The exclusivity of the brand was carried through to the sales and marketing strategy. To date ten dealers have been appointed in the UK, one in Ireland and recently one in Australia with negotiations underway in Germany. The customers have become sales people because they value the exclusive association. The website is an information site only with sales activity being undertaken exclusively by the dealers, supported by trade advertising and targeted editorial coverage created by a public relations campaign. Word of mouth endorsements have also become a significant route to new sales. In the second year of trading sales were double that of Year One and growth continues for what is still a one man business. 


All of the above had to be funded. A Business Plan was created and shown to a variety of traditional funding sources; banks, venture capitalists, business angels and business advisors from several institutions. Offers of funding did not arrive because Lee was too young, too optimistic, wrong about the product, wrong about the market. Lee got used to rejection but carried on regardless. He backed his own belief by remortgaging his house and investing £30,000 of his own money. He remains in full time employment as Head of Design for a queue management system company, working on Hidden Nation in the evenings and reinvests all the profits from trading activity. 

A Supportive University 

As a provider of Lee’s early Product Design education, his university was involved at the start his career. Much later, when Lee conceived his idea and grew the desire to run his own business, he was able to join the university’s Vision Works unit which supported embryonic start up businesses. Vision Works provided office accommodation, telecommunications and computer facilities and, most importantly for Lee, a coaching and mentoring programme. He received the advice and encouragement essential to enabling him to complete the Business Plan and develop the confidence he needed to make his personal investment. 

As Lee says “Vision Works gave me someone to talk to at a time when I had to become an entrepreneur as well as a design engineer”. 


  • Critically evaluate the business idea and the strategies adopted by Hidden Nation  (U.K.) (500 words)
  • Analyse the opportunities that Hidden Nation capitalised on. (500 words)
  • Comment on the risks that the business is exposed to and provide appropriate mitigation strategies. (600 words)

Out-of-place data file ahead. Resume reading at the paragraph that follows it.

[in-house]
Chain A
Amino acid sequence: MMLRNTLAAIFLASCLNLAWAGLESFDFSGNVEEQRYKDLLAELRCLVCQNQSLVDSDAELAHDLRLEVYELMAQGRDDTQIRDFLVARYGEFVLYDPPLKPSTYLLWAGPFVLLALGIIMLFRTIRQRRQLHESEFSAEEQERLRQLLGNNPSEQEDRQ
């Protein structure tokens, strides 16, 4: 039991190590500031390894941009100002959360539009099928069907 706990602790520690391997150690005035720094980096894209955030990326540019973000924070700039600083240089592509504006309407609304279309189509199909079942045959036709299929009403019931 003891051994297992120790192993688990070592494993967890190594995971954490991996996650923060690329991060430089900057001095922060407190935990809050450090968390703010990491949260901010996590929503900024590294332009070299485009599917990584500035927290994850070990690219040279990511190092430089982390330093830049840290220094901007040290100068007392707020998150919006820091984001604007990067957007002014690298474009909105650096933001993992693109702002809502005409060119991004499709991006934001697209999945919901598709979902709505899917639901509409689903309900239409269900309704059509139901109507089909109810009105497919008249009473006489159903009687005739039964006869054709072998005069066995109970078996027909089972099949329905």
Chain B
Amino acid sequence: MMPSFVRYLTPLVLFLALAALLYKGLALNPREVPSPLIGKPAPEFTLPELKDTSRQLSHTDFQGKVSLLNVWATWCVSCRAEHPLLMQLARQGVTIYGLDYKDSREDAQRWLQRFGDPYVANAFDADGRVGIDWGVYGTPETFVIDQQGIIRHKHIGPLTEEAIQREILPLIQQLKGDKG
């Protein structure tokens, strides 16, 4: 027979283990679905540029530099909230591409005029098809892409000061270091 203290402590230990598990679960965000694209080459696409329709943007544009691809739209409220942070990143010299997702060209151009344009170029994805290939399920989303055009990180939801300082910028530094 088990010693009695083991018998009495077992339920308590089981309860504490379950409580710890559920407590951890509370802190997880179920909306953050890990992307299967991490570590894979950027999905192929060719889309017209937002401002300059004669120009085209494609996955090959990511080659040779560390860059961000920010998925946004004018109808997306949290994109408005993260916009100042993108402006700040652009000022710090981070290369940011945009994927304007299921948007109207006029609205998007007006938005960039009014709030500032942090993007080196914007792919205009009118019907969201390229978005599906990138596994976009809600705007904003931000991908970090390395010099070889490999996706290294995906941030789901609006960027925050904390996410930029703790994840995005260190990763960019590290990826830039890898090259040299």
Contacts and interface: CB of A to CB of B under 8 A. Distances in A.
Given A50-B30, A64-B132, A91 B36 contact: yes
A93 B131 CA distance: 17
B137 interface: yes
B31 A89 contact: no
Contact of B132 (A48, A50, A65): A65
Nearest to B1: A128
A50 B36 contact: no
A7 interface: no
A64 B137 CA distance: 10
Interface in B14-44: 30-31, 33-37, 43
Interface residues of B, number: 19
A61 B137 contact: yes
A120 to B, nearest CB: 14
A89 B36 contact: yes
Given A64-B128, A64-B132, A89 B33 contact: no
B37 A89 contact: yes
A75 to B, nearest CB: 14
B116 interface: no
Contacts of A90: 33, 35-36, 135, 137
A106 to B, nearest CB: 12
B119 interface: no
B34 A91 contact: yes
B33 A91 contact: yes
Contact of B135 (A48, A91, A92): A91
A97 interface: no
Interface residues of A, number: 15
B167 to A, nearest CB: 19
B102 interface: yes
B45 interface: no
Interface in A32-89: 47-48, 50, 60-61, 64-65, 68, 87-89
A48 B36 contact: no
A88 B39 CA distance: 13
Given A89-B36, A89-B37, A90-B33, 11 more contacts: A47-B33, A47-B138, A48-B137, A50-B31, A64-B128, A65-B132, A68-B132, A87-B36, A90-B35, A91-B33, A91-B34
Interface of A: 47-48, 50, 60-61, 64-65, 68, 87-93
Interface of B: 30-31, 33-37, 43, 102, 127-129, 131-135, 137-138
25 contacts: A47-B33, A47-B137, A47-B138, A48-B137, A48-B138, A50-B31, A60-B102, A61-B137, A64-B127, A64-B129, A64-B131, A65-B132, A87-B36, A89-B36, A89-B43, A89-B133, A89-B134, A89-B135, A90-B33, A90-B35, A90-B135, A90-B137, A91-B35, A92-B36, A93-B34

• Evaluate the evidence that suggests whether or not the business will last into the future. (500 words)
  • Make concrete recommendations to assist with the future progress of Hidden Nation (400 words)

2500 words +/- 10%, any deviation from this will be penalised.


Please note the following when completing your written assignment:

  1. Writing: Written in English in an appropriate business/academic style
  2. Focus: Focus only on the tasks set in the assignment.
  3. Length: 2500 words
  4. Formatting: Typed on A4 paper in Times New Roman or Arial font 12 with at least 2.5 centimetre space at each edge, double spaced and pages numbered.
  5. Document format: Report
  6. Ensure a clear title, course, Module code, and name or ID number is on a cover sheet and a bibliography using Harvard referencing throughout is also provided.
  7. Research: Research should use reliable and relevant sources of information e.g. academic books and journals that have been peer reviewed. The research should be extensive. 


Engagement with Literature Skills

Your work must be informed and supported by scholarly material that is relevant to and focused on the task(s) set; you should make use of scholarly reviews and primary sources, where appropriate (for example, refereed research articles and/or original materials appropriate to the discipline).    You should provide evidence that you have accessed a wide range of sources, which may be academic, governmental and industrial; these sources may include academic journal articles, textbooks, current news articles, organisational documents, and websites.  You should consider the credibility of your sources; academic journals are normally highly credible sources while websites require careful consideration/selection and should be used sparingly.   Any sources you use should be current and up-to-date, mostly published within the last five years or so, though seminal/important works in the field may be older.  You must provide evidence of your research/own reading throughout your work, using a suitable referencing system, including in-text citations in the main body of your work and a reference list at the end of your work. 

Knowledge and Understanding Skills